Yemen: Search for hostages continues as reward increases

Yemeni military and medical staff remove the body of one of the hostages.
Reward money has climbed to $275,000 for information in the kidnapping of nine foreigners in Yemen — three of whom have been found dead — as troops search for the remaining six hostages, Yemeni officials said.

The Ministry of Interior offered a $250,000 reward, in addition to the $25,000 reward offered by the governor of Saada City — both aimed at information leading to the arrest of the kidnappers — according to the Yemeni Embassy in Washington. Special forces and anti-terrorism teams with helicopters were sweeping the Saada area for the hostages, the embassy said Tuesday. “Furthermore, Ministry of Interior have mobilized a massive police force, which in cooperation with the army, are working around the clock in the area until the perpetrators of this hideous crime are put to justice,” a news release from the embassy said. The bodies of a South Korean teacher and two German nurses, all in their 20s, arrived in Sana’a by helicopter, accompanied by Yemen’s deputy minister of health, according to the release. News of their deaths did not surface until Monday. The nurses worked for a hospital in Saada run by the Dutch charity World Wide Services Foundation, according to Yemen’s state-run SABA news agency. Five Germans — including three children — and a Briton are still missing.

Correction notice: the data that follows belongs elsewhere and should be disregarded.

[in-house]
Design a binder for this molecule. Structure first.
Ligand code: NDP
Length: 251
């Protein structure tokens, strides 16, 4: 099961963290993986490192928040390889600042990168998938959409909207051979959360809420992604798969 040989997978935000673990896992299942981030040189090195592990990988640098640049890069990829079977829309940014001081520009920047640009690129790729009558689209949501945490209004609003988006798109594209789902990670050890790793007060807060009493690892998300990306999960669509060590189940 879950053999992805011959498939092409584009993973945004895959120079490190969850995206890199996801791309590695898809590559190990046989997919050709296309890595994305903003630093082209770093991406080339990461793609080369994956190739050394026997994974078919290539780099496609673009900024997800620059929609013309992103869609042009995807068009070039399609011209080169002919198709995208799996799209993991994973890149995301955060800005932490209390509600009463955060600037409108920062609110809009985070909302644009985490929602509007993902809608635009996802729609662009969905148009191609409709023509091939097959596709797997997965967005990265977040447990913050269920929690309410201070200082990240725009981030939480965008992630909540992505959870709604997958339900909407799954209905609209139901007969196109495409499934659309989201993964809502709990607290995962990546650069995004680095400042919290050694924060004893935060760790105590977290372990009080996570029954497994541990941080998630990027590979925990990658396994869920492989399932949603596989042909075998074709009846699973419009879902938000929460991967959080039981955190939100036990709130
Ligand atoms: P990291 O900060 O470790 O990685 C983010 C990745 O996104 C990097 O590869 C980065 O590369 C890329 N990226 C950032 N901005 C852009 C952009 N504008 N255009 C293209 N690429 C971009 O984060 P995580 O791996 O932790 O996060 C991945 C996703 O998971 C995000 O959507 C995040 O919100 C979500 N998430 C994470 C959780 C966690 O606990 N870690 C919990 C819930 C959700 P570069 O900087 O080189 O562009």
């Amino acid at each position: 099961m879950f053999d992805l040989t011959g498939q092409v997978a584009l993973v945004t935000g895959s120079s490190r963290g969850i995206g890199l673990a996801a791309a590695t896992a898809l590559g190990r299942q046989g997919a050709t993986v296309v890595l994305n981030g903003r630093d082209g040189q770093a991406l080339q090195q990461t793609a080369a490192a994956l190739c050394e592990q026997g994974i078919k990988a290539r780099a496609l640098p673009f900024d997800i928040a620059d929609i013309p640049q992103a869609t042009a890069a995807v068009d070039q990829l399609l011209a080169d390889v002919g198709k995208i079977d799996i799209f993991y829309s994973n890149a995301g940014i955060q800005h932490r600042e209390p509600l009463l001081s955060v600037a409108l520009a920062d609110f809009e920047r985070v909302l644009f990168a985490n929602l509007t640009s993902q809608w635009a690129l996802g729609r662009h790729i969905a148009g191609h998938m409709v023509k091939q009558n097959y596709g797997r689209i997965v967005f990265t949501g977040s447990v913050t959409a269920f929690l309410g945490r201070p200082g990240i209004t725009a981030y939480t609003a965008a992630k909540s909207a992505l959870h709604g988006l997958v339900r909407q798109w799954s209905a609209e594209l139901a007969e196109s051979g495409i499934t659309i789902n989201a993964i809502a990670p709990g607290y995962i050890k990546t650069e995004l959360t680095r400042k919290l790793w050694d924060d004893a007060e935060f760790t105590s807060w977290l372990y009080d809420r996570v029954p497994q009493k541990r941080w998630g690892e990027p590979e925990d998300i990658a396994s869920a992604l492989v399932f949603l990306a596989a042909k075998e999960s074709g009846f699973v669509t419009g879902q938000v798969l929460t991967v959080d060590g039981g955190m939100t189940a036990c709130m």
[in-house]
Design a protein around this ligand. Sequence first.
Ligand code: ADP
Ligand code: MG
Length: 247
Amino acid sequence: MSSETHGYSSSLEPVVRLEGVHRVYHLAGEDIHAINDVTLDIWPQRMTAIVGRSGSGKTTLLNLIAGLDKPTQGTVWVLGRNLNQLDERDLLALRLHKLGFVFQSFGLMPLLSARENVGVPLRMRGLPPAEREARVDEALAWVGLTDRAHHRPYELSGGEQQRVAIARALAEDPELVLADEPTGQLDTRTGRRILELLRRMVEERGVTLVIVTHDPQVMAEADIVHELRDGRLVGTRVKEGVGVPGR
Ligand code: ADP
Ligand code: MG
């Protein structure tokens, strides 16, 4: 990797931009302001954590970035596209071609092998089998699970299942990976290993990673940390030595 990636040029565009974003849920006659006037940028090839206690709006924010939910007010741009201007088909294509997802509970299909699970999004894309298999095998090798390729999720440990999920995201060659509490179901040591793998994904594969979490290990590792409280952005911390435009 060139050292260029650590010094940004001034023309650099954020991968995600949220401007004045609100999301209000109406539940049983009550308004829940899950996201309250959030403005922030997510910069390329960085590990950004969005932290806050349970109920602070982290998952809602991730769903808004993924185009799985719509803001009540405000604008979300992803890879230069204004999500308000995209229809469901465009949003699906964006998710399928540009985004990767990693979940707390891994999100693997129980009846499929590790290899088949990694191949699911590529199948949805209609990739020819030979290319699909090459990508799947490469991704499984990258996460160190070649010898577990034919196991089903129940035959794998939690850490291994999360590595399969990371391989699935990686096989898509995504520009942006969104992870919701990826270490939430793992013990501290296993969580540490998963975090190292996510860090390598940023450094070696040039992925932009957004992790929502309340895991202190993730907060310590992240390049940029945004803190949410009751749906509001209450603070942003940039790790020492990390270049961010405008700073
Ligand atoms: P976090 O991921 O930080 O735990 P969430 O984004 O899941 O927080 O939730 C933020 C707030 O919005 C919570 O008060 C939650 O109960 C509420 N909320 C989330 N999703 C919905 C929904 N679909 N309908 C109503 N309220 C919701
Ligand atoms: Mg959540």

Don’t Miss
Yemen sends troops to hunt for hostages

Yemen says 3 female hostages killed

Rebels seize 9 foreigners in Yemen

The group apparently was on a picnic when abducted Friday in Yemen’s Saada province, according to South Korea’s Yonhap news agency. The nine foreigners “ventured outside the city of Saada without the required police escorts due to the heightened security situation in the area,” said Mohammed Albasha, a spokesman for Yemen’s embassy. “This event was a heinous crime and constitutes not only a violation against the peaceful principles of Islam, but also the precepts of humanity,” Albasha said. “Moreover, it does not reflect the good traditions and culture of Yemen.” It is unclear who is behind the kidnapping. Conflicting claims have accused Shiite militants who have fought the government for years; drug cartels; and regional tribes. It is the latest in a string of kidnappings of foreign workers in Yemen this year. All the previous hostages had been released unharmed, including 24 medical workers seized last week by armed tribesmen in Yemen’s Amran province.